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Frona had been clinching her hand nervously, but at the word burst out in laughter.
"Women?" she queried. "Women?" she repeated. "Do not be ridiculous, Gregory."
"After the way you stood by me through the trial," he began, reproachfully, "I thought--"
"Oh, you do not understand," she said, hopelessly. "You do not understand. Look at me, Gregory, and see if I can make you understand. Your presence is painful to me. Your kisses hurt me. The memory of them still burns my cheek, and my lips feel unclean. And why? Because of women, which you may explain away? How little do you understand! But shall I tell you?"
Voices of men came to her from down the river-bank, and the splashing of water. She glanced quickly and saw Del Bishop guiding a poling-boat against the current, and Corliss on the bank, bending to the tow-rope.
"Shall I tell you why, Gregory St. Vincent?" she said again. "Tell you why your kisses have cheapened me? Because you broke the faith of food and blanket. Because you broke salt with a man, and then watched that man fight unequally for life without lifting your hand. Why, I had rather you had died in defending him; the memory of you would have been good. Yes, I had rather you had killed him yourself. At least, it would have shown there was blood in your body."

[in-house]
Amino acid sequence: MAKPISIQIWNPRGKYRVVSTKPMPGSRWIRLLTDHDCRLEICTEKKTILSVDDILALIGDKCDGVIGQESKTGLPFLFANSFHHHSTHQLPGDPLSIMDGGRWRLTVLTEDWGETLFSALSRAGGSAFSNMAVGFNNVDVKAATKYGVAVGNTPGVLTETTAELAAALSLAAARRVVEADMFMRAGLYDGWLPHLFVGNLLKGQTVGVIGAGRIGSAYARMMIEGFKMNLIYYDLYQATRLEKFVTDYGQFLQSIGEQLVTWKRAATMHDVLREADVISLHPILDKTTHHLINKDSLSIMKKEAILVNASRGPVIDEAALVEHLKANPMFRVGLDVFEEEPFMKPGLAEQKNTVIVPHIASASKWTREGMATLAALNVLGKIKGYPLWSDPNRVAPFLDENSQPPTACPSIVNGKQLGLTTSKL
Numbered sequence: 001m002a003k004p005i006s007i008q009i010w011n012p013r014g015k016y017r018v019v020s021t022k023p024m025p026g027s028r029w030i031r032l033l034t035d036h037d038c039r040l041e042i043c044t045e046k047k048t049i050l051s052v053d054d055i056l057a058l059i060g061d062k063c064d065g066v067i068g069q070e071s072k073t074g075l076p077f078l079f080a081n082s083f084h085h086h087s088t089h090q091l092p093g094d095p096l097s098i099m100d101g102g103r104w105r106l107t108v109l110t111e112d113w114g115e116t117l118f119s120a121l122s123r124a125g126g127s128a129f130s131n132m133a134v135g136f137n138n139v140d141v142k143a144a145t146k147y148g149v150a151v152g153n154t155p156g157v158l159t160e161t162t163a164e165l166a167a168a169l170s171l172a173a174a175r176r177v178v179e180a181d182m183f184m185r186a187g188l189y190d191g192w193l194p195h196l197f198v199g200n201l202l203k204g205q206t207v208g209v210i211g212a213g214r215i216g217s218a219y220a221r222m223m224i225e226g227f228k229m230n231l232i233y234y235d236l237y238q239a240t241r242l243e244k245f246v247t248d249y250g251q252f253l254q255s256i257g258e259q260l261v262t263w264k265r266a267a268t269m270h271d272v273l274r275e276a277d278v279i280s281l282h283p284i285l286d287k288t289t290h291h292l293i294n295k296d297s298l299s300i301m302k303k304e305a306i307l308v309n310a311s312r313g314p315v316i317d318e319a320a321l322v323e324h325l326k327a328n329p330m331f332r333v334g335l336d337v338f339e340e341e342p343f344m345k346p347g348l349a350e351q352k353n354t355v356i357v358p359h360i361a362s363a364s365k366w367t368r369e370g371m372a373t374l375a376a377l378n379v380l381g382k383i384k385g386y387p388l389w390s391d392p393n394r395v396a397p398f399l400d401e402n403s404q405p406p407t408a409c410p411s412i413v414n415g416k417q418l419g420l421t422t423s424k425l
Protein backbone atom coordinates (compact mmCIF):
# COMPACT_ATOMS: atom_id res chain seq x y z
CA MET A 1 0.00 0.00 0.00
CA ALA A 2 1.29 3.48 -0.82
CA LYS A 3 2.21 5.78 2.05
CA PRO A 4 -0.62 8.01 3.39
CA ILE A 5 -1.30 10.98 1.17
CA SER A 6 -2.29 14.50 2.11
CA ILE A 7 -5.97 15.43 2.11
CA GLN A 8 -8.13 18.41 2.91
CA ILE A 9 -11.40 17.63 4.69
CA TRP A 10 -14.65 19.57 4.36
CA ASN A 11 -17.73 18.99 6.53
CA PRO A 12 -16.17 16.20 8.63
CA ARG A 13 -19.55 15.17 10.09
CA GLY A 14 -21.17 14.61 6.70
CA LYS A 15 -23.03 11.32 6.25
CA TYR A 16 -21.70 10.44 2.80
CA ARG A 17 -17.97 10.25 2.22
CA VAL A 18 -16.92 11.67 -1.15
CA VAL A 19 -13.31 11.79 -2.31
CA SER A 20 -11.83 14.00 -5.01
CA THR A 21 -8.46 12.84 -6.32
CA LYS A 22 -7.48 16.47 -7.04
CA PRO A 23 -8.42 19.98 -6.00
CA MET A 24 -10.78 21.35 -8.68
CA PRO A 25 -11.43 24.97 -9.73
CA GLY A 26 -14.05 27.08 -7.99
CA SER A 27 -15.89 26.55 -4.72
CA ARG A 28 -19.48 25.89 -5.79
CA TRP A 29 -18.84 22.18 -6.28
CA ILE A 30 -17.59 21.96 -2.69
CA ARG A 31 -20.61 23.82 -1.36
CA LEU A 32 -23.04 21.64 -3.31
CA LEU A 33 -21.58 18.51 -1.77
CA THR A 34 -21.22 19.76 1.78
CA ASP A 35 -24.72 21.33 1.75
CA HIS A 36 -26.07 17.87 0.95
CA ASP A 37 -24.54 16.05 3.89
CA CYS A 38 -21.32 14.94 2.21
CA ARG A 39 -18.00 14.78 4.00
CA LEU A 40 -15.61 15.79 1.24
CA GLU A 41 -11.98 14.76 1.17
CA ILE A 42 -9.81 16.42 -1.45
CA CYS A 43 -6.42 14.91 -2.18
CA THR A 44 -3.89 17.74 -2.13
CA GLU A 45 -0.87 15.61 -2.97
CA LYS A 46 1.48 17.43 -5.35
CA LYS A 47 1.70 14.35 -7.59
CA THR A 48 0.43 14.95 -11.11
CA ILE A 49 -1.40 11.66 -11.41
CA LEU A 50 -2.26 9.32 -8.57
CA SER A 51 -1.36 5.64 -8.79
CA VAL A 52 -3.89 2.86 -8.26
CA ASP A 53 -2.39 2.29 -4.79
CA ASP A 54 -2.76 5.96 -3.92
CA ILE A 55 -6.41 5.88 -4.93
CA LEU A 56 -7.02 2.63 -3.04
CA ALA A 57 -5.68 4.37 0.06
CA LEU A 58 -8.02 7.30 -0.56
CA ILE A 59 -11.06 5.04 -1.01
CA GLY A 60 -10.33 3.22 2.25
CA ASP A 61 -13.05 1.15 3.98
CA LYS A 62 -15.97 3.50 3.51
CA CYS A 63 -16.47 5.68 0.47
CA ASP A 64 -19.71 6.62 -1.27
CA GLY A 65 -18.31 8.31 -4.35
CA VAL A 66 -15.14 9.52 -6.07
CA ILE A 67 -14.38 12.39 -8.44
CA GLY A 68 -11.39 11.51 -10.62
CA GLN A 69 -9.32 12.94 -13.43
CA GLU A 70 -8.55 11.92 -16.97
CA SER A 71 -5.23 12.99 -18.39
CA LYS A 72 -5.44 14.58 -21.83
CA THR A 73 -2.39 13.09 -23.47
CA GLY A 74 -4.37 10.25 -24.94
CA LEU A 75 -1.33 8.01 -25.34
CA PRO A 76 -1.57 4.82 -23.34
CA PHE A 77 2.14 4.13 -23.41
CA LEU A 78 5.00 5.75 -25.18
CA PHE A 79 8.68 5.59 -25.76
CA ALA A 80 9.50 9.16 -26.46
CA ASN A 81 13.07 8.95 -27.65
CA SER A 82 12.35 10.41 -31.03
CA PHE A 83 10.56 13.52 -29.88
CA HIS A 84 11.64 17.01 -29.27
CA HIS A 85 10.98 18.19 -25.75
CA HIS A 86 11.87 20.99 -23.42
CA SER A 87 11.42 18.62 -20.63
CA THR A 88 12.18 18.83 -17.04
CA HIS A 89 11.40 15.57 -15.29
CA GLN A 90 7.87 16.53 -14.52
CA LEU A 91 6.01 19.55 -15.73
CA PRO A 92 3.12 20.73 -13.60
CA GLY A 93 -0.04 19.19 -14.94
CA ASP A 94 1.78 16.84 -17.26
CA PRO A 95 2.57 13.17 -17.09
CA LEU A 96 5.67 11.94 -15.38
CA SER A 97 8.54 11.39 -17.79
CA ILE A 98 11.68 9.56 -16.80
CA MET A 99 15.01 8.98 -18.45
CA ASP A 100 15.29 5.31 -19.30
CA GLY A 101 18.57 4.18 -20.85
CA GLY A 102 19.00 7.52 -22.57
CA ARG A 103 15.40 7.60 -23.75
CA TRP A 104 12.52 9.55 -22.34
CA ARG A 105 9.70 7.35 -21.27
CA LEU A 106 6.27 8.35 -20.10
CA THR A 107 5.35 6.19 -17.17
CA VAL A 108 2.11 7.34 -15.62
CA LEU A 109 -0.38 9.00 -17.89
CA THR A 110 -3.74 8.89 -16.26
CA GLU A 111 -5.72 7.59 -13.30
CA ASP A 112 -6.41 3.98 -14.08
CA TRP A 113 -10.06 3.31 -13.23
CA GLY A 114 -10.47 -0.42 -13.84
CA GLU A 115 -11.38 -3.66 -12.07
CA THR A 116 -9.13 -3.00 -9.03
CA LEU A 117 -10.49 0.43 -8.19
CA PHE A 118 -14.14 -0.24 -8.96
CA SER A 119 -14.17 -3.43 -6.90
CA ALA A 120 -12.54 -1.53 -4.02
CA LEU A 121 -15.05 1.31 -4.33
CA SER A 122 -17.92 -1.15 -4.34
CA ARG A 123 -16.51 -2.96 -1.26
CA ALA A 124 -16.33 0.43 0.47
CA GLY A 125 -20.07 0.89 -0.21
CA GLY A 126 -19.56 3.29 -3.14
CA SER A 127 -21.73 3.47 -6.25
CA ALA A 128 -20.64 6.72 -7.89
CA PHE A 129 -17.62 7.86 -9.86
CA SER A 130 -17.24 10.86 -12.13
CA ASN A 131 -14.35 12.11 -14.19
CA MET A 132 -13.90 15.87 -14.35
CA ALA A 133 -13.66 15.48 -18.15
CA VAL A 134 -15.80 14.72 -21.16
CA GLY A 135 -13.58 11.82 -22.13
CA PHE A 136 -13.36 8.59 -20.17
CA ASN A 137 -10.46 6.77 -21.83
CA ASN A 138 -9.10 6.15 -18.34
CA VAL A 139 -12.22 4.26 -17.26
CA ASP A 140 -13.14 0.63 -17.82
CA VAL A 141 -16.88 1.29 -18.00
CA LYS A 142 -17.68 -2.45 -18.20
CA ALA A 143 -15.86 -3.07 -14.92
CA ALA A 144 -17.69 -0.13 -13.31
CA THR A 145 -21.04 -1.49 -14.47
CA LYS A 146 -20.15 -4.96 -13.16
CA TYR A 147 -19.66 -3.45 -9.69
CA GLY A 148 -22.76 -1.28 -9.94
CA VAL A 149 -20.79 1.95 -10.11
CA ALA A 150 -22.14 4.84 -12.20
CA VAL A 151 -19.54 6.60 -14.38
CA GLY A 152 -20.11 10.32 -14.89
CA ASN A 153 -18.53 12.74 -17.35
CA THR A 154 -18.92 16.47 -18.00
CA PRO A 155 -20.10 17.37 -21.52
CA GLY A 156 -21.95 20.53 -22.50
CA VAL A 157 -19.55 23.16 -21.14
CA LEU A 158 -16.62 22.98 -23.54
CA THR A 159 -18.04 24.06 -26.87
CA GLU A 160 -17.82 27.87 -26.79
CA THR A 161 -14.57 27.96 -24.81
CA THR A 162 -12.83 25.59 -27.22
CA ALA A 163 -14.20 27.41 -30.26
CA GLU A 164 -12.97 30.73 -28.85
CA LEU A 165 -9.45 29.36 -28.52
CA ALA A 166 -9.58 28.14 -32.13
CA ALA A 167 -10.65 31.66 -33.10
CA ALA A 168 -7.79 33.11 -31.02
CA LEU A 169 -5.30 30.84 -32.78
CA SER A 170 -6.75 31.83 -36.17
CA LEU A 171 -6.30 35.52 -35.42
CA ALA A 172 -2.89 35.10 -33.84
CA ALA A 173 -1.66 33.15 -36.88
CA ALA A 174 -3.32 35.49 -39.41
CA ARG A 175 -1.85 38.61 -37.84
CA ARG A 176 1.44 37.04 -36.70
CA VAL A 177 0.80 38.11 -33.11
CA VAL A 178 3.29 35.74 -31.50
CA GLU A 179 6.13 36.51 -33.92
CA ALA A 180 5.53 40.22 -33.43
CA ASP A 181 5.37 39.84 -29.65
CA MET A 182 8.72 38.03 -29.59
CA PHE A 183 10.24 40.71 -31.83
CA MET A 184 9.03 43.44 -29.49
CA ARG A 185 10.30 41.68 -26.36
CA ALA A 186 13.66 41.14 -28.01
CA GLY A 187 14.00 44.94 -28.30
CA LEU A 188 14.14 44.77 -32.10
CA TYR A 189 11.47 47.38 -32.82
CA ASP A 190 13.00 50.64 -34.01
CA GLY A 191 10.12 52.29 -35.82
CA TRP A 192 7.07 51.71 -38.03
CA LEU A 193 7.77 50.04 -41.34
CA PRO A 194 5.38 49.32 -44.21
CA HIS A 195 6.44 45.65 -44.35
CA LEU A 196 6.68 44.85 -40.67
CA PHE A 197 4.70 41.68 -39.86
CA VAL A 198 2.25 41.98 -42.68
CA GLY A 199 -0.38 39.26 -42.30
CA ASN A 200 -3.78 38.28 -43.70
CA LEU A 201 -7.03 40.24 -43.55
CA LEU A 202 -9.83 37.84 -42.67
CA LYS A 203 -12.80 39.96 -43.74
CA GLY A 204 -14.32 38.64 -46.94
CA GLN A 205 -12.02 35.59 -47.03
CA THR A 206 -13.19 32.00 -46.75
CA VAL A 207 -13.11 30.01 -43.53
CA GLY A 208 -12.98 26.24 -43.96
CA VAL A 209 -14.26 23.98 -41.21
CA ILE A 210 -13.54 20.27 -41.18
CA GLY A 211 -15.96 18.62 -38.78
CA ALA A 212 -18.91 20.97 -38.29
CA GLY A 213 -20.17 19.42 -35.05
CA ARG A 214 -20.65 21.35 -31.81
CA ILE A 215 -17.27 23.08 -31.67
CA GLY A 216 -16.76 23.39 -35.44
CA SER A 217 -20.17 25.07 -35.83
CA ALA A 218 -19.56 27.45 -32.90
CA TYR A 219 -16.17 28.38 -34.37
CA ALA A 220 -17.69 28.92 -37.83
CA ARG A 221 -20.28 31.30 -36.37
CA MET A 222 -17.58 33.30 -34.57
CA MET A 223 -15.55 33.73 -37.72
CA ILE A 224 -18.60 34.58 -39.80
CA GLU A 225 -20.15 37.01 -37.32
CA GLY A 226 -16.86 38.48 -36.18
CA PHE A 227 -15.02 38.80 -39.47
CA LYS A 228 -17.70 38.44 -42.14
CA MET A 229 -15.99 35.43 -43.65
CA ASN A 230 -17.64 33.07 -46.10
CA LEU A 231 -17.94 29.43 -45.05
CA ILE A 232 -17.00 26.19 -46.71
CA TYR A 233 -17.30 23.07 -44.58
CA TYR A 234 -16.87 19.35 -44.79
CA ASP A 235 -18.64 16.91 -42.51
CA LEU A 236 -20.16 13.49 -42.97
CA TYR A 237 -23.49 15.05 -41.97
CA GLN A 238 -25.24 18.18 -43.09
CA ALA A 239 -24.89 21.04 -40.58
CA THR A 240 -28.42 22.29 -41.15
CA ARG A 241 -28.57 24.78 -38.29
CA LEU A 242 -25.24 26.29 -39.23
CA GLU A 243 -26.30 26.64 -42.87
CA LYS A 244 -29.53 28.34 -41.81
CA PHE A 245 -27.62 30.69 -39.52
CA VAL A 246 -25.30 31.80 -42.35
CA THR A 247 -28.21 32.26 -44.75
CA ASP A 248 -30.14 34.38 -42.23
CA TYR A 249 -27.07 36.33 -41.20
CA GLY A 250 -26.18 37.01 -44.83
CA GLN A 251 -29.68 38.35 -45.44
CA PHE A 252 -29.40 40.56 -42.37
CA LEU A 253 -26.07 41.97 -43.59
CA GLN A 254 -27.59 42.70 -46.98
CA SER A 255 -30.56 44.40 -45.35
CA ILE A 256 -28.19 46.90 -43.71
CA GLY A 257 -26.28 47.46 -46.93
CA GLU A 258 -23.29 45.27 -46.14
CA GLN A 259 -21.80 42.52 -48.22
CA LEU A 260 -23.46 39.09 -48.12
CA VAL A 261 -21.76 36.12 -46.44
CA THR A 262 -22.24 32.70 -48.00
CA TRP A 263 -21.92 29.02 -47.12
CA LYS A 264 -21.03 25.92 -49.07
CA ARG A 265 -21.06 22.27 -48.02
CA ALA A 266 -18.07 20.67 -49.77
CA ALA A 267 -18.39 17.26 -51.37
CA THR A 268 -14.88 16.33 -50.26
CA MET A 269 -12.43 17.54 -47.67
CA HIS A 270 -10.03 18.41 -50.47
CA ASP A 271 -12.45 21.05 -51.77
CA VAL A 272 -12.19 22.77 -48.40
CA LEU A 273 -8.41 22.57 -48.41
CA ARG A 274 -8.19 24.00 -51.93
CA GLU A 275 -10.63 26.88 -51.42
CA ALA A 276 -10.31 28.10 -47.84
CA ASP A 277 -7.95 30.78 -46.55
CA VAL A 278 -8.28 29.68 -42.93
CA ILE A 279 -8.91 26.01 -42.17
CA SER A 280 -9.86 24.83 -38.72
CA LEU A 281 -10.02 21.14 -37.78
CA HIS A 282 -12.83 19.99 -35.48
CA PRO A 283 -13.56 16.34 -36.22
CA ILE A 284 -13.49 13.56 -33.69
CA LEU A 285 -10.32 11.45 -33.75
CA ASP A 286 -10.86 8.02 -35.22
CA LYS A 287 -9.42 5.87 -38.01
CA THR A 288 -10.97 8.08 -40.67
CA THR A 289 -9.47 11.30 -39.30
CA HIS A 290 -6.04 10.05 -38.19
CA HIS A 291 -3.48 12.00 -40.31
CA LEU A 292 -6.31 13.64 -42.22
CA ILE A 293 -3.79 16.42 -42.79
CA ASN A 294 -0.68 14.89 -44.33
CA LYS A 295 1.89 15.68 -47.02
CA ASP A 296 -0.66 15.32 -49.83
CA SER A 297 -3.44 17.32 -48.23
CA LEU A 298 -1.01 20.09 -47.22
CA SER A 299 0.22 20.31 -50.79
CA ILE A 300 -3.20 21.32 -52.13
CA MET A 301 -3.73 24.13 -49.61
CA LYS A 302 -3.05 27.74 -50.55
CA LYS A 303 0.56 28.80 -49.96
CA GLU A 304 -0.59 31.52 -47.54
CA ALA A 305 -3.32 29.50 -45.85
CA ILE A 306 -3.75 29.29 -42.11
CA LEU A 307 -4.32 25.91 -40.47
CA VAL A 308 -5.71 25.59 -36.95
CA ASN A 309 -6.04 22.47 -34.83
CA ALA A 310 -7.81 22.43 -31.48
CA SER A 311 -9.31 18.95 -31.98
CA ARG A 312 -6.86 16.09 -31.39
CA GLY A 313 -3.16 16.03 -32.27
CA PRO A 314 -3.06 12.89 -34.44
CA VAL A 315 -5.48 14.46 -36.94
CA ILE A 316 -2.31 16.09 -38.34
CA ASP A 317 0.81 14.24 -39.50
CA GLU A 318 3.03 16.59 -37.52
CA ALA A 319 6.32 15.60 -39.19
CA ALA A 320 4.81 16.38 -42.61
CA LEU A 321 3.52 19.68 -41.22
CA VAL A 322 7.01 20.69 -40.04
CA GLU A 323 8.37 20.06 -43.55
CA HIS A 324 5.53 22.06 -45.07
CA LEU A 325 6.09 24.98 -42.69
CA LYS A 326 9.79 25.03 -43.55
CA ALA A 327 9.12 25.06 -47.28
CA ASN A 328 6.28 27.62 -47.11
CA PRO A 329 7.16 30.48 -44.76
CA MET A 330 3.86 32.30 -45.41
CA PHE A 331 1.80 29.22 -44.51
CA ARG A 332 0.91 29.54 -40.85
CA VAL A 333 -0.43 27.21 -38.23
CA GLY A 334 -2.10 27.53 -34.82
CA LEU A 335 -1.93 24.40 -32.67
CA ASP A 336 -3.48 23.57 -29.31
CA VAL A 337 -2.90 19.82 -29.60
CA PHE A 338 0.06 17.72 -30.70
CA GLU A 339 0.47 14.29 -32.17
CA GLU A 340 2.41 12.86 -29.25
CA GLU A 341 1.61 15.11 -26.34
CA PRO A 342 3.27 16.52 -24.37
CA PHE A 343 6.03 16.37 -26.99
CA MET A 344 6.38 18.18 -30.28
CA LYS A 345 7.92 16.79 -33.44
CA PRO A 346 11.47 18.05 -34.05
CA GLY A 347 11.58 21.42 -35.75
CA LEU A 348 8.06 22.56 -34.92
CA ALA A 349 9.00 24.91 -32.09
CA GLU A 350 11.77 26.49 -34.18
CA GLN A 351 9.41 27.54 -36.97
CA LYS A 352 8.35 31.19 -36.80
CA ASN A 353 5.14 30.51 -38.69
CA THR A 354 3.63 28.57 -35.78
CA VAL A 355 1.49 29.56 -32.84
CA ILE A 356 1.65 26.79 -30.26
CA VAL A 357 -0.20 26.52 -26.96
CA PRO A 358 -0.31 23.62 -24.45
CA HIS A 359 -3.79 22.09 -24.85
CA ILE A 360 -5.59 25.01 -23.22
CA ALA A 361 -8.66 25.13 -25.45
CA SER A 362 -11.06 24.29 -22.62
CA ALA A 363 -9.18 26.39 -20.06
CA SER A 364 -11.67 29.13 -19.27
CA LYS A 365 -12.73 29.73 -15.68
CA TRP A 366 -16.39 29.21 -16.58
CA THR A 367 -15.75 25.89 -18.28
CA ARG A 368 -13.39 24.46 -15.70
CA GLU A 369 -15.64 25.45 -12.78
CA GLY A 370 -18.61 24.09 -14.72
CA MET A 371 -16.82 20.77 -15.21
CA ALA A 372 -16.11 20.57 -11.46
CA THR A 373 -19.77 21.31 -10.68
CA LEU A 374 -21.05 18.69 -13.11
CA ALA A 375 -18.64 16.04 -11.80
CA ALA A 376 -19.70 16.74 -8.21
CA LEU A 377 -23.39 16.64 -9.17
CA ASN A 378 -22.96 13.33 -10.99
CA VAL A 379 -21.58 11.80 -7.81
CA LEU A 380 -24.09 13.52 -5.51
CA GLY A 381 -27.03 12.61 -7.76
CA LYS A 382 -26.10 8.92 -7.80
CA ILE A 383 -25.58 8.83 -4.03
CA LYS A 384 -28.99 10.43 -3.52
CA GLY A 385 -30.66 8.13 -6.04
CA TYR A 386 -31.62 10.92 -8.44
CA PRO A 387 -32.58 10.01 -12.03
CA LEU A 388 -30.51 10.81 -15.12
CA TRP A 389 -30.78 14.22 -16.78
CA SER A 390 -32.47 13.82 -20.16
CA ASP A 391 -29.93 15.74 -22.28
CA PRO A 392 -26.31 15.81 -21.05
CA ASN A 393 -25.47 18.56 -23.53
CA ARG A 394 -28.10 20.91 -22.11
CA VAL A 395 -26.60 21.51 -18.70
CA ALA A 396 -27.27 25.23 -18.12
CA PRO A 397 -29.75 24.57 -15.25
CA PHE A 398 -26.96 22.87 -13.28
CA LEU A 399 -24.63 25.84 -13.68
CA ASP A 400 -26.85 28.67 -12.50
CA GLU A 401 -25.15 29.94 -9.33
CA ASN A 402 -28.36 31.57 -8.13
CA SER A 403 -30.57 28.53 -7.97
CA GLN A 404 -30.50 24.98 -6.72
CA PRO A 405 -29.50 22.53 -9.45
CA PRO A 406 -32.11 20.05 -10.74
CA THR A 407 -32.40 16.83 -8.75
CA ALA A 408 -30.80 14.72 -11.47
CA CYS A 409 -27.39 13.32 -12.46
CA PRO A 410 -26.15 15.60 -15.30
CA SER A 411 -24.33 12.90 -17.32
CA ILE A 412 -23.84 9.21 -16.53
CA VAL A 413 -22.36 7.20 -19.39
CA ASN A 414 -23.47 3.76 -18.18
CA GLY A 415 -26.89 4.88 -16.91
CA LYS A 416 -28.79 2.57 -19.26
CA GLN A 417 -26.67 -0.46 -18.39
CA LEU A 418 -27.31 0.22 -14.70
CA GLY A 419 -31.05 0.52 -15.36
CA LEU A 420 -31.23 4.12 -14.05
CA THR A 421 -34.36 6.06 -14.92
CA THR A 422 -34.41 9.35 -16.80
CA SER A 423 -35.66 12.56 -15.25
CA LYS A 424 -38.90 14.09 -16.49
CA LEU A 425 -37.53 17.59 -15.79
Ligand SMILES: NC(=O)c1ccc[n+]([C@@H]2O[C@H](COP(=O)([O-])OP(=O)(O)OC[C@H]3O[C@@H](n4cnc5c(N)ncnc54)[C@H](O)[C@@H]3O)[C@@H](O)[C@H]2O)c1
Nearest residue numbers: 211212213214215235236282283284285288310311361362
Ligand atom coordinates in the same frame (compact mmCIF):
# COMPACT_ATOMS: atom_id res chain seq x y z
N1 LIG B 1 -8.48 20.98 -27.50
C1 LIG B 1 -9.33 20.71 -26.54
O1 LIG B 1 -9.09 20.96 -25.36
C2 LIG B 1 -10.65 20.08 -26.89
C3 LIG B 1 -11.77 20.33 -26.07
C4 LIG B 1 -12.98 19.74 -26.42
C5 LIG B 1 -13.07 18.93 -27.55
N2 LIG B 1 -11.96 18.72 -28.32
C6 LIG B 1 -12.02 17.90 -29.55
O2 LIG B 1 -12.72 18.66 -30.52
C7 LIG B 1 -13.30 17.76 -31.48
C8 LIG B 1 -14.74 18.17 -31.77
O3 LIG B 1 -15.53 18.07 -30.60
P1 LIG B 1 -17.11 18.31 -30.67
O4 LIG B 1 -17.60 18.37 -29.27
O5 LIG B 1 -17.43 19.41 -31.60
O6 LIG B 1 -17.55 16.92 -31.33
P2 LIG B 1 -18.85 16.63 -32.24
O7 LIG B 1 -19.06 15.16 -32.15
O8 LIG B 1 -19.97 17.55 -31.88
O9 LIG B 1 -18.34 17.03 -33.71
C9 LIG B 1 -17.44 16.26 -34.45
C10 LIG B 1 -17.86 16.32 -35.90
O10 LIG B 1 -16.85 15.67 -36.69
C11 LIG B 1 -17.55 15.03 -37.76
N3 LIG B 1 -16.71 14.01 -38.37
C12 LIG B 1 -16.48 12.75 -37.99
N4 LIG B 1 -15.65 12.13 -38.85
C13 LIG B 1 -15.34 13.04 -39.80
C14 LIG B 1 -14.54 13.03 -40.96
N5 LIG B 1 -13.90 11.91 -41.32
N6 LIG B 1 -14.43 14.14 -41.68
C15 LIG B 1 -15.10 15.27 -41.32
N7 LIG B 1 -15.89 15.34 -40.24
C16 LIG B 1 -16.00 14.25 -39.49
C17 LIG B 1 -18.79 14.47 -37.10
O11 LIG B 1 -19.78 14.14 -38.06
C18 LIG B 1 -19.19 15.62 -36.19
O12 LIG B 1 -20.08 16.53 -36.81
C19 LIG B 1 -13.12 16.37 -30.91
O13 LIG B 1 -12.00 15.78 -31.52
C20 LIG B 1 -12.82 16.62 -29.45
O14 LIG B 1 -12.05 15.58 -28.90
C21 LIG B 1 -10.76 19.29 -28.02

"So this is what you would call love?" he began, scornfully, his fretting, fuming devil beginning to rouse. "A fair-weather love, truly. But, Lord, how we men learn!"
"I had thought you were well lessoned," she retorted; "what of the other women?"
"But what do you intend to do?" he demanded, taking no notice. "I am not an easy man to cross. You cannot throw me over with impunity. I shall not stand for it, I warn you. You have dared do things in this country which would blacken you were they known. I have ears. I have not been asleep. You will find it no child's play to explain away things which you may declare most innocent."
She looked at him with a smile which carried pity in its cold mirth, and it goaded him.
"I am down, a thing to make a jest upon, a thing to pity, but I promise you that I can drag you with me. My kisses have cheapened you, eh? Then how must you have felt at Happy Camp on the Dyea Trail?"
As though in answer, Corliss swung down upon them with the tow-rope.
Frona beckoned a greeting to him. "Vance," she said, "the mail-carrier has brought important news to father, so important that he must go outside. He starts this afternoon with Baron Courbertin in La Bijou. Will you take me down to Dawson? I should like to go at once, to-day.
"He . . . he suggested you," she added shyly, indicating St. Vincent.
***END OF THE PROJECT GUTENBERG EBOOK A Daughter of the Snows***